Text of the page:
Stop doing this (task hopping) and you’ll thank me

Updated to Business on January 22, 2023.

I teach productivity. I don’t like to call it that. It’s the same with most motivational speakers. They prefer to say they talk on “leadership”, or “personal mastery”, but really it’s motivation. For me, it’s productivity.

And one trick has been trumping all the rest lately. I think it’s a game changer.

First, the problem.

When you switch to a new task you satisfied your curiosity, but stymied your results. Put another way, flitting from writing, to email, back to writing, to looking something up on Google, to FaceBook, back to writing, and then on to Twitter, is a recipe for mental potpourri.


I’m not talking about multi-tasking – although it’s still felon #1 – I’m talking about task hopping.

Some research (don’t ask me where I found this gem) claims that task hopping can cost you a loss of 25% of productivity.

This is one of my weaknesses. I get off a phone call, move on to some new task, and then another and then, hours later (sometimes days later), realize I haven’t recorded what I committed to working on. I did that just yesterday after an important client call. Scary!


The solution to task hopping is pretty simple: stop doing it. Good luck with that.

The actual approach I use always starts with noticing. Call it benchmarking, current reality check-in, or just a good laugh, noticing your behaviour and patterns is where you have to start.

Pick just a couple of hours, say tomorrow morning. And notice when you leave a half-finished task to hop to another. I think you’ll be surprised how frequently this happens.  

Here’s what I bet you’ll notice:

  1. you are guilty. We all are. Task hopping is fun. You get to titillate your mind by channel surfing your tasks. Who cares that you aren’t finishing anything – this is fun!
  2. you are most likely to task hop when you have hard work in front of you. There you are facing an overdue, half-baked proposal when your email alert pops up. Time to hop!
  3. by giving a little attention to what you are doing and you do it less. It’s like presenting at Toastmasters, everyone says “umm” a lot less.

Following Charles Duhigg’s four-step recipe (The Power of Habit) for changing a habit, we (1) identified the “cue” (I task hop when I have tough work to do), (2) recognized the reward (ex-lax for my brain).

Next, we need to (3) invent a new routine and (4) “reward” it.


The next step is relatively easy. At the moment of temptation, stop.

There is a moment when you consciously allow yourself to be tempted. A thought will flit through your frontal lobe of the cerebral cortex that says something like “Oh, that’s interesting…” At that point you need to recognize what’s happening. 

You are going down a slippery slope (cue, reward) that will steal ten minutes from the more-important work and leave you feeling distracted, frustrated, and even a bit guilty. Not good.

The trick is to catch yourself. Say “No, thanks”, make a note and turn your head back to what you are doing. 


I did that this morning.

I was working on this blog (which has to be finished today) and here’s what got my attention:

  • I need to book a flight to the Social Media Marketing World conference – I should email my brother first about a visit in L.A. afterwards.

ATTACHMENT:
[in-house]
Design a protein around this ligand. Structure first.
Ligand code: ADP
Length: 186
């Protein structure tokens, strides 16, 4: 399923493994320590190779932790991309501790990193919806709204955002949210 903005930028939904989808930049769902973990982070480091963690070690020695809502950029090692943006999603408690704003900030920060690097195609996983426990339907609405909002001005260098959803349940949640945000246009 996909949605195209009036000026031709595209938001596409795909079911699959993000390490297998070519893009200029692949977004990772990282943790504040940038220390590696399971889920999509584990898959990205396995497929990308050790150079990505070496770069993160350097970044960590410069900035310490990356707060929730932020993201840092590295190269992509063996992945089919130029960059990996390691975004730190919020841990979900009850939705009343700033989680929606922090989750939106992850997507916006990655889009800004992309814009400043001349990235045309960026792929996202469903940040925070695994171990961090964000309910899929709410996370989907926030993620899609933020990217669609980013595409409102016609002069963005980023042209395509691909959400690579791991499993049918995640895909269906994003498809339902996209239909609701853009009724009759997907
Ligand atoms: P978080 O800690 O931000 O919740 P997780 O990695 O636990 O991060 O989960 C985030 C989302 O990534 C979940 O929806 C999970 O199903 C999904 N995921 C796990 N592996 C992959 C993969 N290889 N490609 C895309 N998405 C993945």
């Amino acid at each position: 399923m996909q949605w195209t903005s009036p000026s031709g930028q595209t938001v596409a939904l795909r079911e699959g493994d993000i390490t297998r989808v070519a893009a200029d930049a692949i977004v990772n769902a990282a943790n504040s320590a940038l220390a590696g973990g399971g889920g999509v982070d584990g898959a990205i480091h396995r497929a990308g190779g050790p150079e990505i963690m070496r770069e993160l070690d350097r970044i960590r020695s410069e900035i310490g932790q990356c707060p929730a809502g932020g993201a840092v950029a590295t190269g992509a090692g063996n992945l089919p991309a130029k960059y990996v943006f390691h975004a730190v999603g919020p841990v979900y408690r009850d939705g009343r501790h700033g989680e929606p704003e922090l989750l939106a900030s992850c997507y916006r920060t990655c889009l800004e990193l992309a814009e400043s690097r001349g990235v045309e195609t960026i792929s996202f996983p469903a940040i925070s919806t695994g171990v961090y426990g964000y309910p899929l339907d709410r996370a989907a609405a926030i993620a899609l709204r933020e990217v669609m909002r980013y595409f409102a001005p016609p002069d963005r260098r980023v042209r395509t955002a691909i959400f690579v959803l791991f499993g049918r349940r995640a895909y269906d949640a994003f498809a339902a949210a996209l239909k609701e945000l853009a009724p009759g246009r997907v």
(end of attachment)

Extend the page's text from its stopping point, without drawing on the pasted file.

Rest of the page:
• I’m reminded I want to write a blog about Duhigg’s book – I should note that in Evernote.
  • I like writing in Mac Pages, but I wonder how that comments feature works – maybe I should look that up.
  • I’m going to Yoga later – I should check their schedule.
  • I haven’t heard back from a bureau rep. I work with – I should follow up.

And that was all in five minutes!

The new routine, is I say “No, thanks”, make a quick note on my Day List and turn back to the blog. Easy peasy – less stress and better results.


Here’s the kicker. Nothing happens without a reward. 

Once you commit to the new “No, thanks”, make a note routine you need to reward it. The simplest reward is completion. As I write this I am about 10 minutes away from shipping this blog. That feels great. 

Start your task with a reward in mind and then use that as your tease to keep returning to the work. Here are some other rewards I use:

  • a quick walking break to stretch out and re-energize.
  • allow myself some “play” time to enjoy a low-value task, like catching up on reading favourite blogs.
  • take five minutes and clean up the paper, files, and junk on my desk (that makes me feel seriously in charge).
  • brew some tea and quietly write in my journal for a few minutes.

Your reward doesn’t have to always be a big deal – it just has to be bigger than the reward that the task hopping would have given you.


When I’m on stage talking about productivity I can’t go into this much detail. But here I have the chance to drill down a bit deeper. But, here’s the thing.

Although what I’m writing about is minor, compared to say, China landing on the moon. It’s huge over time. If you task hop throughout the day, each time you could be distracting yourself for, say five minutes. Let’s suppose this happens 20 times a day. Okay, now you are at 100 minutes, or about 10 weeks a year (10 minutes/day equals about one week a year, based on a 40 hour workweek and working 50 weeks a year). Cripes! I hope that’s enough motivation to spend a few minutes just noticing.


I’m sorry that this isn’t about some cool app that sorts To-Do’s or sends evil emails to people that forget appointments. I’ll try harder.

The good news is that this one change will change your life. Promise.

photo credit.